Sunday, May 11, 2008

Thanks, Richard Sandman

I met Richard Sandman (left) about five years ago in Queens as he was attending an immigration law workshop for immigrants with HIV. We'd corresponded through e-mail on immigration issues before but it was nice to put a face to the name.

As of late, Sandman, who often provided pro-bono work representing HIV positive and LGBT immigrants from an academic environment, had recently decided to launch his own private attorney practice.

I can't say that we were friends but over the years we developed a close professional relationship. He often reached out to me to see if I had country-specific documentation on abuses against HIV positive and LGBT individuals in certain Latin American countries and, more often than not, I was able to provide him with a wealth of information from my archives. He also would refer clients to me for advice on immigration issues and to facilitate sharing of information in cases that he was working on.

Last time I exchanged messages with Richard back in April, he had asked whether I had articles on Argentina. I'd saved a reminder to send him the information but had yet to get around to it. Yet, the reminder stared at me from time to time and made me feel guilty I still hadn't looked for stuff in my files. What made me feel at ease was that Richard was pretty good at reminding me if I still hadn't replied, knowing how overwhelmed I sometimes get at work, and - so far - he had not pressed for the info.

This is why it was such a shock to me to find out on Friday night that Richard, who was 46, had passed away on April 30th. He had been hospitalized on April 23d after suffering a massive heart attack and, though doctors seemed to think he might survive after a week in a coma, unfortunately he did not make it through.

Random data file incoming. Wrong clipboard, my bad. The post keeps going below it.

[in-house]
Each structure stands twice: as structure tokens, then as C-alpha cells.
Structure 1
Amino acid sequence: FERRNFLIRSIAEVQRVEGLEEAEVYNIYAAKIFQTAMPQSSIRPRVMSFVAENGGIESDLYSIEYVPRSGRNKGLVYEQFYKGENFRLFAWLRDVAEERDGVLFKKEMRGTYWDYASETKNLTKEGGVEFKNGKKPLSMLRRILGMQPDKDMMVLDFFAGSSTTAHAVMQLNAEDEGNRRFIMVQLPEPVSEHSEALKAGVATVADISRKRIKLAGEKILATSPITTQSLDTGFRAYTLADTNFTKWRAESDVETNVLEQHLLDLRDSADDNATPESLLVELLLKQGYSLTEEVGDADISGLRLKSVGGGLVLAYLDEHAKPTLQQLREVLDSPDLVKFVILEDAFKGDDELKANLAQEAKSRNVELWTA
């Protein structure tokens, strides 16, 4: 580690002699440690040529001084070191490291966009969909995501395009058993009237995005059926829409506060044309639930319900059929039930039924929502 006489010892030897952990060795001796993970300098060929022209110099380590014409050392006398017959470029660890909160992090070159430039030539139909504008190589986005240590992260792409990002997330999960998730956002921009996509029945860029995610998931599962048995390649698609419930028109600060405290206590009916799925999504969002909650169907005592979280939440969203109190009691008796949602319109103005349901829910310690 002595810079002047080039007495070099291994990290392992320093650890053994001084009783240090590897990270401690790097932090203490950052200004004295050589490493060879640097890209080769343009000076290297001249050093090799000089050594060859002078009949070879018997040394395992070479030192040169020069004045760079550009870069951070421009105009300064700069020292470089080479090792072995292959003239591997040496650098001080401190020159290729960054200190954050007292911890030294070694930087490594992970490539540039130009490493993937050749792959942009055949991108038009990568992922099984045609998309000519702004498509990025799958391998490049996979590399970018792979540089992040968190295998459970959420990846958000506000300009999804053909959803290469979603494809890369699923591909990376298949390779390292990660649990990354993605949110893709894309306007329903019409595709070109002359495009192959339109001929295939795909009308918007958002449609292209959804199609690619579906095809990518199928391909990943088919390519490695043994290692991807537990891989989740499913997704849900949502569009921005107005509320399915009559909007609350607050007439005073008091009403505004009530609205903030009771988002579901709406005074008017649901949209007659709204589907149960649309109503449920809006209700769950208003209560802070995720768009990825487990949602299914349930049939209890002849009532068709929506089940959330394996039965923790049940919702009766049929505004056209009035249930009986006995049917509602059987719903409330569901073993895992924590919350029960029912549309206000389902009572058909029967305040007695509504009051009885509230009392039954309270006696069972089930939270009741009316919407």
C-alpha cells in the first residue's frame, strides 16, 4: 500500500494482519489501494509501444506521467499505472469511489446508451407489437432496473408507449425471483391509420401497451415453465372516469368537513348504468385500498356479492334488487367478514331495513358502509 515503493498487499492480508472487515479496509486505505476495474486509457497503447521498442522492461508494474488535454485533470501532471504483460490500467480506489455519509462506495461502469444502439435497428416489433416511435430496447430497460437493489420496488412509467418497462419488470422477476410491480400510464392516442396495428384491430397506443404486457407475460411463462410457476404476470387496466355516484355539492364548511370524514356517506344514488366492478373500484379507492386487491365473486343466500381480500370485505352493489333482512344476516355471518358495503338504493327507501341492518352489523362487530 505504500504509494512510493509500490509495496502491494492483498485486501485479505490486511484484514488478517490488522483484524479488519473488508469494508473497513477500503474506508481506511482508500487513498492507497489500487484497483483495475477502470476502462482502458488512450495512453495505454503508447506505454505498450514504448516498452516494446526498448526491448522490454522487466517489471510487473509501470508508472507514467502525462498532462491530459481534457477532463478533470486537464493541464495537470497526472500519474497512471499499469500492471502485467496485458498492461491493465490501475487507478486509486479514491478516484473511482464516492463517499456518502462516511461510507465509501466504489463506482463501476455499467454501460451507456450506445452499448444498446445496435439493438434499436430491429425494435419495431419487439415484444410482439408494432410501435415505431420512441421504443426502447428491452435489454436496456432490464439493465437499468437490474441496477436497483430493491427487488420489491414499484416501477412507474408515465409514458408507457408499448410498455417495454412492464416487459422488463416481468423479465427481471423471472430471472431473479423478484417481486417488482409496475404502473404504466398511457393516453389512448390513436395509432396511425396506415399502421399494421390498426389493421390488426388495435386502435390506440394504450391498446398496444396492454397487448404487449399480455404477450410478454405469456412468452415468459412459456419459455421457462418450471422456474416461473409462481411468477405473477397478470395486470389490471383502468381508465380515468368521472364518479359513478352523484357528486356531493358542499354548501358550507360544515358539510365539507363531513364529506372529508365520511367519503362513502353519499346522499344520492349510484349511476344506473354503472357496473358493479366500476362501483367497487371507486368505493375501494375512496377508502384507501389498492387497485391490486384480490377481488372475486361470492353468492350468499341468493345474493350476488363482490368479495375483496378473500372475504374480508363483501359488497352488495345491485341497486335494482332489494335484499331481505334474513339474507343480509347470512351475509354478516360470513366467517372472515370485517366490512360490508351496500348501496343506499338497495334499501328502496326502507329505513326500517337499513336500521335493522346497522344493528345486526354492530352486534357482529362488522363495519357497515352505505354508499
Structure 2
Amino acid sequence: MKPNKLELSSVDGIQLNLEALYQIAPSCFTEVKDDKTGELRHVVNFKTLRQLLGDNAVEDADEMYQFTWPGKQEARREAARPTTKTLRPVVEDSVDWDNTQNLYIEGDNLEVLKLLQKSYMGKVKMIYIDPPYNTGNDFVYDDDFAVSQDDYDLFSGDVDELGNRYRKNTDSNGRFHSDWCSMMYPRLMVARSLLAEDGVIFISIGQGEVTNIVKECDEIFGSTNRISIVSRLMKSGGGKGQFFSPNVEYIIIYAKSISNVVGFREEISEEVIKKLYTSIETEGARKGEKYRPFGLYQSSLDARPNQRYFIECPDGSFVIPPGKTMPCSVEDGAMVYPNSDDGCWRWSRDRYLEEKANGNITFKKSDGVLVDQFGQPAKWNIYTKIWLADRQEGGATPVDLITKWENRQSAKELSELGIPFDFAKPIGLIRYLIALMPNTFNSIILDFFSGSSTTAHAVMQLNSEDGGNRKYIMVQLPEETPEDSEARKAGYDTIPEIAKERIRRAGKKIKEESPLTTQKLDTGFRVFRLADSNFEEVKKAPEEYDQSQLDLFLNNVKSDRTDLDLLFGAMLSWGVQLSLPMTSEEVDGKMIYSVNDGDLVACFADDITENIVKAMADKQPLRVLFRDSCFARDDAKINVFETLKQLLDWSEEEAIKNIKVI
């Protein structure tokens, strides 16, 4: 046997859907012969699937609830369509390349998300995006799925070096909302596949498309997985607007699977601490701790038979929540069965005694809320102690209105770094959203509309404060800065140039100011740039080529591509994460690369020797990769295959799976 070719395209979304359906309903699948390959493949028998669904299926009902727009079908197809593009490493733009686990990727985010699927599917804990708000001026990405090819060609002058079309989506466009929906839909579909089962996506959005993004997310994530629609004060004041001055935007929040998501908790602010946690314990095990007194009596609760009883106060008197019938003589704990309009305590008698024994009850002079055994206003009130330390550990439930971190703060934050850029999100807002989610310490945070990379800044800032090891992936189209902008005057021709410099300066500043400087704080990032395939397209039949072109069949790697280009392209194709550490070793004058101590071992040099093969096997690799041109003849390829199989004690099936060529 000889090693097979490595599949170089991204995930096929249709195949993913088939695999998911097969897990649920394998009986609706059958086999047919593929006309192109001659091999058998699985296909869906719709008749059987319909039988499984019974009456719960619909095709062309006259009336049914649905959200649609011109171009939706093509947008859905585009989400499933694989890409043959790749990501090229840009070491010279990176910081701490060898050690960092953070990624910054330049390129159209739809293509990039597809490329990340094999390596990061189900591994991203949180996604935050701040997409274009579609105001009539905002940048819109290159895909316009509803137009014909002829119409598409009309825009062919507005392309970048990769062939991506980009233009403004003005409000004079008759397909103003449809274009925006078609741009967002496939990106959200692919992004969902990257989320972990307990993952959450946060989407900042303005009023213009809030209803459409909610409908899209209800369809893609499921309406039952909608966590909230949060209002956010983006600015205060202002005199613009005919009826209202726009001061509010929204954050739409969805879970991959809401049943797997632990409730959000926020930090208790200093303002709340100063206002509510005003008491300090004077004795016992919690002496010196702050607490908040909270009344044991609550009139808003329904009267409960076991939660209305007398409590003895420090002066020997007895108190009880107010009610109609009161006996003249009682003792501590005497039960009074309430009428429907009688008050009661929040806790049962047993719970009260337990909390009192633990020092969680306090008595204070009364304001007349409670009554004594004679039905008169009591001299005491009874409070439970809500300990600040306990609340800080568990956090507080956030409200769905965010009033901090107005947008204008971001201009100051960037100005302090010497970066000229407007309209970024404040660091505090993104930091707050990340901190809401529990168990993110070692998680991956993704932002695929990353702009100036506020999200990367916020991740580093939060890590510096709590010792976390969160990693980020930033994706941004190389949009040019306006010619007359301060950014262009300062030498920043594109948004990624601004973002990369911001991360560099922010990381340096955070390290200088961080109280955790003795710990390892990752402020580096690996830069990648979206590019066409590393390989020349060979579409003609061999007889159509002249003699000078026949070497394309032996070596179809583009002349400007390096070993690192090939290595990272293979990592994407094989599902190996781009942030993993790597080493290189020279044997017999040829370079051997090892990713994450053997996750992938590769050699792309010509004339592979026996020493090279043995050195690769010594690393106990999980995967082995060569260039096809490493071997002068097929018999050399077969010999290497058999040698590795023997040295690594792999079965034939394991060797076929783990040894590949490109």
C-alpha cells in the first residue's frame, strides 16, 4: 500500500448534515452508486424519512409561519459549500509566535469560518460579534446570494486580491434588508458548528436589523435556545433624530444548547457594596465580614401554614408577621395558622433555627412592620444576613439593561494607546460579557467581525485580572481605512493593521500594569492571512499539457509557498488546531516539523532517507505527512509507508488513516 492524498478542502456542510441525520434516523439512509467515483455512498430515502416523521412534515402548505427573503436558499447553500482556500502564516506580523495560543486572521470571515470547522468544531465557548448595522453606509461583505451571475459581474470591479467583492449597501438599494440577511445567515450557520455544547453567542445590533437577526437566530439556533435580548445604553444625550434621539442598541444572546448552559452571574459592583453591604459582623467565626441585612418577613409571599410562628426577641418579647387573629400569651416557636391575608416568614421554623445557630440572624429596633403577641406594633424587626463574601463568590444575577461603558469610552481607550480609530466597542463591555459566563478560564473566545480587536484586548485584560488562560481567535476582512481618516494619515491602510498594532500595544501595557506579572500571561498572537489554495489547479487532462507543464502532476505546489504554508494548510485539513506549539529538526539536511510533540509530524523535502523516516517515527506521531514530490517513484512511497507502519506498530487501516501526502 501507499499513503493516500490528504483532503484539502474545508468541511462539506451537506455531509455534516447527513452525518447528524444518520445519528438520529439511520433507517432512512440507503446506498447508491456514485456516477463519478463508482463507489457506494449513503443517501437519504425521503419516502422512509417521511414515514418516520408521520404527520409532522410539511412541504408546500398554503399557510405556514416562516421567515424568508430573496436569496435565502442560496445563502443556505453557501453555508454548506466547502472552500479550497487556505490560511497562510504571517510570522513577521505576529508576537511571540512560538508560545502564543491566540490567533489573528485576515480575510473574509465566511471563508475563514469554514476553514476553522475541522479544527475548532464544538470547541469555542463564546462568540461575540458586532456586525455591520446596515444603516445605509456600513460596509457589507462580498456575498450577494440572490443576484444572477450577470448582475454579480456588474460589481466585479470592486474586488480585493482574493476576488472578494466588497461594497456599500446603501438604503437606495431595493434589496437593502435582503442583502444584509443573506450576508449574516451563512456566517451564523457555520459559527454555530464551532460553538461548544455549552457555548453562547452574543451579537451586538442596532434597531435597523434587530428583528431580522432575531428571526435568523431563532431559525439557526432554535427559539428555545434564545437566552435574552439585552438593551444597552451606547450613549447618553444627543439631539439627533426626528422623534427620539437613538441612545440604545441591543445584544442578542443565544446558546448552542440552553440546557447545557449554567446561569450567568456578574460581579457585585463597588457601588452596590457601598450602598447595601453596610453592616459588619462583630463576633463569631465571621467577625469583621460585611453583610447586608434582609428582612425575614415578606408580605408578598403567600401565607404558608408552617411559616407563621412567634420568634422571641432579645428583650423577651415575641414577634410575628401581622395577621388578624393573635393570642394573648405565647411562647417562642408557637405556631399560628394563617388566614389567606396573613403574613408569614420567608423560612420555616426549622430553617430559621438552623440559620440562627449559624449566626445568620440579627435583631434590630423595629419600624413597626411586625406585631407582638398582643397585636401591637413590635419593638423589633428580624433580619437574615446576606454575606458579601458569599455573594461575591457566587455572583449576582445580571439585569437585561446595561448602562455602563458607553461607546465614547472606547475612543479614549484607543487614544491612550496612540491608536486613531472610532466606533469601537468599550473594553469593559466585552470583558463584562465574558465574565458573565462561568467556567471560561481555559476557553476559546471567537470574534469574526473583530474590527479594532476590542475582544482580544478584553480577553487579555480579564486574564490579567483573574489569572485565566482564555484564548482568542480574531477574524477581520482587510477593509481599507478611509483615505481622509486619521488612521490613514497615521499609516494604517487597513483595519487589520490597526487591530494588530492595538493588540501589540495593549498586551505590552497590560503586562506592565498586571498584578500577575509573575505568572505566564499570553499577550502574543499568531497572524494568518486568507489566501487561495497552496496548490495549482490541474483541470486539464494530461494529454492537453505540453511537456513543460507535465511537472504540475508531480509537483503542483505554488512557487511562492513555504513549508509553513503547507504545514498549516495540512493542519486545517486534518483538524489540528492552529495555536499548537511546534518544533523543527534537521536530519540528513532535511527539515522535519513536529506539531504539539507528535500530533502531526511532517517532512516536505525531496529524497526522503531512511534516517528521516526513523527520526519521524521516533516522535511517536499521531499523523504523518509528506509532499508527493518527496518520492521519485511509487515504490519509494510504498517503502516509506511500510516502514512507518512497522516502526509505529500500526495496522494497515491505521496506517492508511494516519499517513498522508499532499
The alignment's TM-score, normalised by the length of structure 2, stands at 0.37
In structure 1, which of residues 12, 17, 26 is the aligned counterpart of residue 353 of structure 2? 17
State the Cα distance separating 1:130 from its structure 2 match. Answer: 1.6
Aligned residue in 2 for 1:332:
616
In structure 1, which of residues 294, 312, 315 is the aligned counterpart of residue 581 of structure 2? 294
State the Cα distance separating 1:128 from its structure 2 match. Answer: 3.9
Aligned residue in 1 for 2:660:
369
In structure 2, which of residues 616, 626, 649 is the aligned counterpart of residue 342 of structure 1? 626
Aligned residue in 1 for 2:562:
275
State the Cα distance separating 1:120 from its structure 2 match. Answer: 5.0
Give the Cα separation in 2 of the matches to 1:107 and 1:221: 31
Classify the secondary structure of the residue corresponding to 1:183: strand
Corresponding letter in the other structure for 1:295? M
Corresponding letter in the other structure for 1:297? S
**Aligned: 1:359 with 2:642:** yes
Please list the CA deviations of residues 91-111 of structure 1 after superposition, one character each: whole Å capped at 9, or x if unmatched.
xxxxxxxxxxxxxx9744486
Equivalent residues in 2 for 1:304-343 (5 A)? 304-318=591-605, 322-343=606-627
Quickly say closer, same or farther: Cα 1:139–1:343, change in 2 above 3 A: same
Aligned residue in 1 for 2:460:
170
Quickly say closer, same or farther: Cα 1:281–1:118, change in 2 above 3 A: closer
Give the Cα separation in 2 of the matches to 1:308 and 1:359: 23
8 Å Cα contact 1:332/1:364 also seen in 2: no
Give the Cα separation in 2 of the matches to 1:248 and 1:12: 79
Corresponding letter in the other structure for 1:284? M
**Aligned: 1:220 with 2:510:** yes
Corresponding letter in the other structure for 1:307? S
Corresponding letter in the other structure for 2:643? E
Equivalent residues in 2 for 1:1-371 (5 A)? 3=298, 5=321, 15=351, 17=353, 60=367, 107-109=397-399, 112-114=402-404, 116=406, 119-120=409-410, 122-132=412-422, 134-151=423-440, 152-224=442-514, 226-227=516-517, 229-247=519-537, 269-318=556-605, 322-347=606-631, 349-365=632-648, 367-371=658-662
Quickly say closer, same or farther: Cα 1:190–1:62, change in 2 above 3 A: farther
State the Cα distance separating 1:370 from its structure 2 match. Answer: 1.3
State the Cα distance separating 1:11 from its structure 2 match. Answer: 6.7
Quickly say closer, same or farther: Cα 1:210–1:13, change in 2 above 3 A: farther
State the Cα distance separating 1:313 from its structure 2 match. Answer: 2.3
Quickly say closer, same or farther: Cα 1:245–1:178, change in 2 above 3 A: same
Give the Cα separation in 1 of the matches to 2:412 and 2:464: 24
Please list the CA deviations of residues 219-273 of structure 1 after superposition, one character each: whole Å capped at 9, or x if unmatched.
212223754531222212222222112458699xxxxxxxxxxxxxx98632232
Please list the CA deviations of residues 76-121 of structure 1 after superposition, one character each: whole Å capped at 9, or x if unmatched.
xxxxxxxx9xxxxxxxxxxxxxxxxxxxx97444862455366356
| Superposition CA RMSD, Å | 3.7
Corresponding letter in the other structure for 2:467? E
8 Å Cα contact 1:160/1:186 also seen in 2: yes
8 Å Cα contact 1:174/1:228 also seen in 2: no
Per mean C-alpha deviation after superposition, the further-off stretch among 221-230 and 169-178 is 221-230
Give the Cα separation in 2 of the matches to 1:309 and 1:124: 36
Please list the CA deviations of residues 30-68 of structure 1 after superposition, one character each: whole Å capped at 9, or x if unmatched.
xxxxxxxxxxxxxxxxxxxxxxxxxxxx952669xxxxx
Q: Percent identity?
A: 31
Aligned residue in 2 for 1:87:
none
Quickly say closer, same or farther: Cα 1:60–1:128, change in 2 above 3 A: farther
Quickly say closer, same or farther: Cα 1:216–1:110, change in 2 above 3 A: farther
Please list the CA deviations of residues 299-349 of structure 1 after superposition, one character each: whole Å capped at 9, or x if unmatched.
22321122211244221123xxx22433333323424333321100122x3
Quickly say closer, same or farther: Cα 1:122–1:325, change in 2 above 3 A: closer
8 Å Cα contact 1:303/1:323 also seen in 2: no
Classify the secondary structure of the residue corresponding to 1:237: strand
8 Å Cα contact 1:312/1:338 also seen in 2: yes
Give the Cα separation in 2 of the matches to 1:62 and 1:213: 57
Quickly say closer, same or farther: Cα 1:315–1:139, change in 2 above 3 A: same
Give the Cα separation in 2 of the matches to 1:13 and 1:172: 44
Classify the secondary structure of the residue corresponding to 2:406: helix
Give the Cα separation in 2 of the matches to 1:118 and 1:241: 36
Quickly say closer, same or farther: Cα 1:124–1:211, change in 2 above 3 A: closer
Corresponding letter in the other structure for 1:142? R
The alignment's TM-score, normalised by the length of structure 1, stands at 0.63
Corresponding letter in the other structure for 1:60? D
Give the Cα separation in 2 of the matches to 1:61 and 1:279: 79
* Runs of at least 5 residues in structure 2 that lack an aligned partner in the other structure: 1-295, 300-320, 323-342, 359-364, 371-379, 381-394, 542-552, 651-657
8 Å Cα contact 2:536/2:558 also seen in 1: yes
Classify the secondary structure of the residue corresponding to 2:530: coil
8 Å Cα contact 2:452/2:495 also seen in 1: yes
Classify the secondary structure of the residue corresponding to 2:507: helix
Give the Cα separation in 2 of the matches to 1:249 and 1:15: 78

A sweet low-key kinda guy who truly helped hundreds of HIV positive and LGBT immigrants gain political asylum in the United States, Richard was truly an unsung hero. He was somewhat comfortable with the Spanish language which surprised me a bit until I found out his family was from Mexico. Still, as always, he would underplay just how much Spanish he knew and was self-depreciating about his language abilities.

A mutual friend tells me he was so dedicated to his work that few people truly got to know him. By all accounts, though, many seemed to love the guy and recognize his unselfishness in dedicating his life's work to the issue of immigration.

So, thanks Richard, for dedicating your life to such an unprotected and maligned population. Thanks, Richard, for the many times you expressed admiration for my work. And, thanks, Richard, for inspiring others - including me - to keep doing what we do.

Too late to learn about a recent memorial in my case, friends set up a blog to update others on Richard's condition from the moment that he was hospitalized. You can read the entries and comments made by friends here.


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